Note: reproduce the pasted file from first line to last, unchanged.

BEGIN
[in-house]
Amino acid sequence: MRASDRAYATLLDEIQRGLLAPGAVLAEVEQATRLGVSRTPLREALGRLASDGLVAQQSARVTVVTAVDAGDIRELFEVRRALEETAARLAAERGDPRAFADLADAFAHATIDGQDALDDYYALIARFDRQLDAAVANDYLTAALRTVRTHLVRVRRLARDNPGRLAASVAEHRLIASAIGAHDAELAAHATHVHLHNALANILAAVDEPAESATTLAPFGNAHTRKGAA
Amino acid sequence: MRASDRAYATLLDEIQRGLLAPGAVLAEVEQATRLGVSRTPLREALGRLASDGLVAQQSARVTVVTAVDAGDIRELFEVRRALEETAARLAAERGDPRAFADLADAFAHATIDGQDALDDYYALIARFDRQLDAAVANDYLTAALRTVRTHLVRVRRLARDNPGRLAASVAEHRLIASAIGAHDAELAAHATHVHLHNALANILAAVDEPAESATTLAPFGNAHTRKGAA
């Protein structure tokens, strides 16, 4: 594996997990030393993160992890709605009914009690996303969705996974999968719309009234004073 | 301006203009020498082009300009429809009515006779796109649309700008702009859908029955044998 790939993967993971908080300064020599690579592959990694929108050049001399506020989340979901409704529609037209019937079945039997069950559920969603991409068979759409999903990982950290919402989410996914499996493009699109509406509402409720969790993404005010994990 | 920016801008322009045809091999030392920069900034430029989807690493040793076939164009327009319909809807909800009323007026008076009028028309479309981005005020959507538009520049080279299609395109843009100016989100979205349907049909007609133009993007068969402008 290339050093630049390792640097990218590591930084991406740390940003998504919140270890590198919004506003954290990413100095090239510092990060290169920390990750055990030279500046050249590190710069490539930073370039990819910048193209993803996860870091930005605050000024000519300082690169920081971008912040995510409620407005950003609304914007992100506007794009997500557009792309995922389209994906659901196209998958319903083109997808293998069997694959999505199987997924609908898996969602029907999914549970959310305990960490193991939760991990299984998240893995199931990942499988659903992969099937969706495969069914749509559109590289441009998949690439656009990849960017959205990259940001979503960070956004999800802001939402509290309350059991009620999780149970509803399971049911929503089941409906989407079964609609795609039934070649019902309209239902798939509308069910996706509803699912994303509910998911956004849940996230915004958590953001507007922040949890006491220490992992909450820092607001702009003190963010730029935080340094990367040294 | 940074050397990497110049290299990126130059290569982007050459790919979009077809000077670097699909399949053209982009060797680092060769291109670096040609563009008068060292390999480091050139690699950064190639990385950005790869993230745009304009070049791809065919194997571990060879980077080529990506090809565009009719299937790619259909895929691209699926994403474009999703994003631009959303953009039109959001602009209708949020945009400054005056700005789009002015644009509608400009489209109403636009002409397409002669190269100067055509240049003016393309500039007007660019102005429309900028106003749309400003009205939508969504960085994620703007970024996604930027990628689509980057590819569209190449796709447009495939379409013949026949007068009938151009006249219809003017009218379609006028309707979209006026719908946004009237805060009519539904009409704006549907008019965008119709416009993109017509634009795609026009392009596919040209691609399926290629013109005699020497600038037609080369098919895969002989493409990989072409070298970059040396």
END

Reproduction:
[in-house]
Amino acid sequence: MRASDRAYATLLDEIQRGLLAPGAVLAEVEQATRLGVSRTPLREALGRLASDGLVAQQSARVTVVTAVDAGDIRELFEVRRALEETAARLAAERGDPRAFADLADAFAHATIDGQDALDDYYALIARFDRQLDAAVANDYLTAALRTVRTHLVRVRRLARDNPGRLAASVAEHRLIASAIGAHDAELAAHATHVHLHNALANILAAVDEPAESATTLAPFGNAHTRKGAA
Amino acid sequence: MRASDRAYATLLDEIQRGLLAPGAVLAEVEQATRLGVSRTPLREALGRLASDGLVAQQSARVTVVTAVDAGDIRELFEVRRALEETAARLAAERGDPRAFADLADAFAHATIDGQDALDDYYALIARFDRQLDAAVANDYLTAALRTVRTHLVRVRRLARDNPGRLAASVAEHRLIASAIGAHDAELAAHATHVHLHNALANILAAVDEPAESATTLAPFGNAHTRKGAA
């Protein structure tokens, strides 16, 4: 594996997990030393993160992890709605009914009690996303969705996974999968719309009234004073 | 301006203009020498082009300009429809009515006779796109649309700008702009859908029955044998 790939993967993971908080300064020599690579592959990694929108050049001399506020989340979901409704529609037209019937079945039997069950559920969603991409068979759409999903990982950290919402989410996914499996493009699109509406509402409720969790993404005010994990 | 920016801008322009045809091999030392920069900034430029989807690493040793076939164009327009319909809807909800009323007026008076009028028309479309981005005020959507538009520049080279299609395109843009100016989100979205349907049909007609133009993007068969402008 290339050093630049390792640097990218590591930084991406740390940003998504919140270890590198919004506003954290990413100095090239510092990060290169920390990750055990030279500046050249590190710069490539930073370039990819910048193209993803996860870091930005605050000024000519300082690169920081971008912040995510409620407005950003609304914007992100506007794009997500557009792309995922389209994906659901196209998958319903083109997808293998069997694959999505199987997924609908898996969602029907999914549970959310305990960490193991939760991990299984998240893995199931990942499988659903992969099937969706495969069914749509559109590289441009998949690439656009990849960017959205990259940001979503960070956004999800802001939402509290309350059991009620999780149970509803399971049911929503089941409906989407079964609609795609039934070649019902309209239902798939509308069910996706509803699912994303509910998911956004849940996230915004958590953001507007922040949890006491220490992992909450820092607001702009003190963010730029935080340094990367040294 | 940074050397990497110049290299990126130059290569982007050459790919979009077809000077670097699909399949053209982009060797680092060769291109670096040609563009008068060292390999480091050139690699950064190639990385950005790869993230745009304009070049791809065919194997571990060879980077080529990506090809565009009719299937790619259909895929691209699926994403474009999703994003631009959303953009039109959001602009209708949020945009400054005056700005789009002015644009509608400009489209109403636009002409397409002669190269100067055509240049003016393309500039007007660019102005429309900028106003749309400003009205939508969504960085994620703007970024996604930027990628689509980057590819569209190449796709447009495939379409013949026949007068009938151009006249219809003017009218379609006028309707979209006026719908946004009237805060009519539904009409704006549907008019965008119709416009993109017509634009795609026009392009596919040209691609399926290629013109005699020497600038037609080369098919895969002989493409990989072409070298970059040396």